The American Civil Liberties Union is suing Gov. Mike Pence to stop him from blocking federal funds that help Syrian refugees move to Indiana.
The ACLU is seeking a preliminary injunction on behalf of Exodus Refugee Immigration, a nonprofit corporation that assists refugees with federal money funneled through the state.
Exodus Executive Director Carleen Miller refuted claims that accepting refugees from Syria poses a security risk, citing the minimum 18-month vetting process each refugee goes through to move to the United States.
Miller says she wishes Pence and the more than two dozen other governors who want to halt the resettlement program understood more about who the Syrian refugees are.
“They are shop-owners, and business owners, and the kids are in school, and they’re bright and lovely, and I would for the governors to actually meet with Syrian families, and hear about their stories and why we need to welcome them,” Miller says.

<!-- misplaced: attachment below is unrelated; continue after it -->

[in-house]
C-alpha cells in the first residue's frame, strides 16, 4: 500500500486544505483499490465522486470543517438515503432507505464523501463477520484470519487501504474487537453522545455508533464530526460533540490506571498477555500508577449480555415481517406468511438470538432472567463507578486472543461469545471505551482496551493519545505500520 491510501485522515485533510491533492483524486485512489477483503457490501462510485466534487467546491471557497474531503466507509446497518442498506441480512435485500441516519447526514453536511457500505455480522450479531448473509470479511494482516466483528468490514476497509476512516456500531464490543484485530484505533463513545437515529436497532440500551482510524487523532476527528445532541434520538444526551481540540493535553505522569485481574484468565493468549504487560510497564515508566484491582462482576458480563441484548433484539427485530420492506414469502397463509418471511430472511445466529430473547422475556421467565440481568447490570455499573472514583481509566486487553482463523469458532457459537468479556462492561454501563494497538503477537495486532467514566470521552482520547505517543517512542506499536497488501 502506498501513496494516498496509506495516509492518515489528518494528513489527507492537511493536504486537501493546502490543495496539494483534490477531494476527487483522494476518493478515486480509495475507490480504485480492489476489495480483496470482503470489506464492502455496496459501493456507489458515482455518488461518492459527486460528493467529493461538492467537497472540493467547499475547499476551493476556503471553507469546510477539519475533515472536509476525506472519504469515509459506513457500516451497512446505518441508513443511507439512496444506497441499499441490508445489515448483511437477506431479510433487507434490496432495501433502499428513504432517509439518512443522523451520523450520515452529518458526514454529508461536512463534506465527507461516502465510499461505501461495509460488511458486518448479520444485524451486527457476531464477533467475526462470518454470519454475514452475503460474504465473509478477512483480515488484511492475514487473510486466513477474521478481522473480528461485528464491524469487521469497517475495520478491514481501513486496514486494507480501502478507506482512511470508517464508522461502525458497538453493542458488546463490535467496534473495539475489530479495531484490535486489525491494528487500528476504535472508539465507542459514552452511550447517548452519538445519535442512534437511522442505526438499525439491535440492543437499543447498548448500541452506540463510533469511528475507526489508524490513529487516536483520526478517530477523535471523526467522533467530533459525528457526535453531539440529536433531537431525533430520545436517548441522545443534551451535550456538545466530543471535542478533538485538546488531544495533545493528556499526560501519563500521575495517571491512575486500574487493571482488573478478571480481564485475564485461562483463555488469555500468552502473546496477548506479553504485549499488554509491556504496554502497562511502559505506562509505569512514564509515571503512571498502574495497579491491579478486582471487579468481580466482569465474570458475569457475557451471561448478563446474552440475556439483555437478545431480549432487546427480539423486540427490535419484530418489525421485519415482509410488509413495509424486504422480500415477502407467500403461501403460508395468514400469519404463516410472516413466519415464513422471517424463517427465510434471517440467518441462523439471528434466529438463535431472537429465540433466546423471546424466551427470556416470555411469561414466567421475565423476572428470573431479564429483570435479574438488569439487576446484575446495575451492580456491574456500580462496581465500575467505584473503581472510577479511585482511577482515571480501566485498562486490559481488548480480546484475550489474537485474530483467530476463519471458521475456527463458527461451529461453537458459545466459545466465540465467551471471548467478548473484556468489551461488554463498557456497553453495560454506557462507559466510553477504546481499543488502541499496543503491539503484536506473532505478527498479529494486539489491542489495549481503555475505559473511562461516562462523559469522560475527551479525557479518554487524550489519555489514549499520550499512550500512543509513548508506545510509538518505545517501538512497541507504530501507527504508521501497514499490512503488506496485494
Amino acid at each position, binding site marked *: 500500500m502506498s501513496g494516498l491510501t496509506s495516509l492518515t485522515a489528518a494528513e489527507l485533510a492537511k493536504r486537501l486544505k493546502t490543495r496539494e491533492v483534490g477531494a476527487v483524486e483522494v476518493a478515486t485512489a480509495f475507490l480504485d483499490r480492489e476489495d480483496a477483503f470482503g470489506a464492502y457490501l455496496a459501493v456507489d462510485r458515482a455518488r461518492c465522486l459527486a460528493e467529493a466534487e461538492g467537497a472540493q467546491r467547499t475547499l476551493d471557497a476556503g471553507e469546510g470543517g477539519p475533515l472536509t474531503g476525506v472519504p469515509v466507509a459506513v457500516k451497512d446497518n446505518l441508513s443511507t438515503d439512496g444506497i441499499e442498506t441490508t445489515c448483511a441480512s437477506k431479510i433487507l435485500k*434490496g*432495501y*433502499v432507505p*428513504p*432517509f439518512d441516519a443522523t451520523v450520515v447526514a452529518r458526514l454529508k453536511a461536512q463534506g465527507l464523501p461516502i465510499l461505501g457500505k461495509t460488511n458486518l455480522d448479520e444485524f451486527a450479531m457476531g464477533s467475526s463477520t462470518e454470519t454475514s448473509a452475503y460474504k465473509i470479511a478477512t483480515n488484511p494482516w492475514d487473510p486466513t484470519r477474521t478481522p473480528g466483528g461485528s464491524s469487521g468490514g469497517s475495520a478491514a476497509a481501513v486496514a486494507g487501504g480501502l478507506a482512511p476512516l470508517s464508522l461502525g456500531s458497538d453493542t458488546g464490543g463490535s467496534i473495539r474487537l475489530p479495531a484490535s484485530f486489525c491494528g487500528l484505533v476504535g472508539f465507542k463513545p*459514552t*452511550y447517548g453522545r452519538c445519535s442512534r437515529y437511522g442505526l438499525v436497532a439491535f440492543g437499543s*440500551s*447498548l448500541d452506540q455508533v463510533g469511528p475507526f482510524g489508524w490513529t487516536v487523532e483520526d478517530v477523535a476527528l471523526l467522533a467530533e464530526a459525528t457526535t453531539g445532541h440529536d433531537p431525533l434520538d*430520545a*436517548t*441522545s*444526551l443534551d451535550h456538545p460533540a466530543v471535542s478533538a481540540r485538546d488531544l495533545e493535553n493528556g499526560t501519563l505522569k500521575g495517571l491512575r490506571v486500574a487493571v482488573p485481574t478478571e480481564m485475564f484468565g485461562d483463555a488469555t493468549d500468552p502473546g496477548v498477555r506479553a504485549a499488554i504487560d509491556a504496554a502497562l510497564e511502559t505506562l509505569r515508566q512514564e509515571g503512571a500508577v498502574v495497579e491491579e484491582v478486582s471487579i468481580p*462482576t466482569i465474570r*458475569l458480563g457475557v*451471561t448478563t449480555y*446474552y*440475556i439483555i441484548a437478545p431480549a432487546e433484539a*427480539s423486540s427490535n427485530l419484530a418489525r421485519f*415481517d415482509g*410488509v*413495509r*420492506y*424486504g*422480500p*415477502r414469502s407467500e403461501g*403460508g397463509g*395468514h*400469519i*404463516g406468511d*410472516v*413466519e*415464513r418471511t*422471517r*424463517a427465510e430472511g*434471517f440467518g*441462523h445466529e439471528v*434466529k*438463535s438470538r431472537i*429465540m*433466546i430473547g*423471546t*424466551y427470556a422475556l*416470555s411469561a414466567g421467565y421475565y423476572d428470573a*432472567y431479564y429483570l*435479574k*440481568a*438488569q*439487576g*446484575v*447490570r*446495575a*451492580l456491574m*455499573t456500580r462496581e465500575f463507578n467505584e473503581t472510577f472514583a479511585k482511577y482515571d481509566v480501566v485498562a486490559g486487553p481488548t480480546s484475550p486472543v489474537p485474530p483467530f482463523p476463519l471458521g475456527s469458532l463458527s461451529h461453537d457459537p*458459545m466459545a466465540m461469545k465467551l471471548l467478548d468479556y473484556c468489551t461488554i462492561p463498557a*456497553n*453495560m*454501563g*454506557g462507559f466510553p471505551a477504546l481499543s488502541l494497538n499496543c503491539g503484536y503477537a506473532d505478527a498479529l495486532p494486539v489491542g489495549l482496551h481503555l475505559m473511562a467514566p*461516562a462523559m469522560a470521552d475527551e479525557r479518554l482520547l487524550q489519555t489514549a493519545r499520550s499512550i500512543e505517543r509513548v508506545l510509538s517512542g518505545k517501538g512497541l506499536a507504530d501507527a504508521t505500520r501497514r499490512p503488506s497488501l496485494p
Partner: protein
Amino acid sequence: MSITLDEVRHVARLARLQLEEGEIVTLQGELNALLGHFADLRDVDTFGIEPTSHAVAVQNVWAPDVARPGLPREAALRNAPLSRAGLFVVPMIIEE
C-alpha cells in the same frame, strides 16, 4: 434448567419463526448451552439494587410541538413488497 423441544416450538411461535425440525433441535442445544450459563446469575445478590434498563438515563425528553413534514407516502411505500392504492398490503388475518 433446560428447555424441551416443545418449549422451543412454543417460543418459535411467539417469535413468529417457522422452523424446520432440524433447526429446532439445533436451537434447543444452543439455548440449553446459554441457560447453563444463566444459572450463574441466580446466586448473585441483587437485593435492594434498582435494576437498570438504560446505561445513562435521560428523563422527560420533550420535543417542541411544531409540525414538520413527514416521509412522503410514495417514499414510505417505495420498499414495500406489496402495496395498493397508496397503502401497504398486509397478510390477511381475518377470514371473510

Indiana ACLU legal director Ken Falk says the governor’s actions are unconstitutional and violate equal protection laws and The Civil Rights Act of 1964. Plus Falk says states do not have the right to circumvent decisions made by the federal government.
“We are not talking legal theory here," Falk says. "We’re talking about affecting wha...is most fundamental in American history – the ability, and the need, and the welcoming that we have given to refugees for not just decades but from the time when America was America."
One Syrian family planning to move to Indiana was recently turned away because of the governor’s actions and relocated to Connecticut.
Gov. Pence's office released a statement Tuesday afternoon, reiterating that the governor is confident in his authority to block funding for Syrian refugees.
"[Gov. Pence] will not reverse course until the Administration and Congress take action to pause this program and implement measures necessary to address security gaps acknowledged by the FBI and Department of Homeland Security," the statement reads.
It concluded with a message from the Governor that "caution and compassion are not mutually exclusive."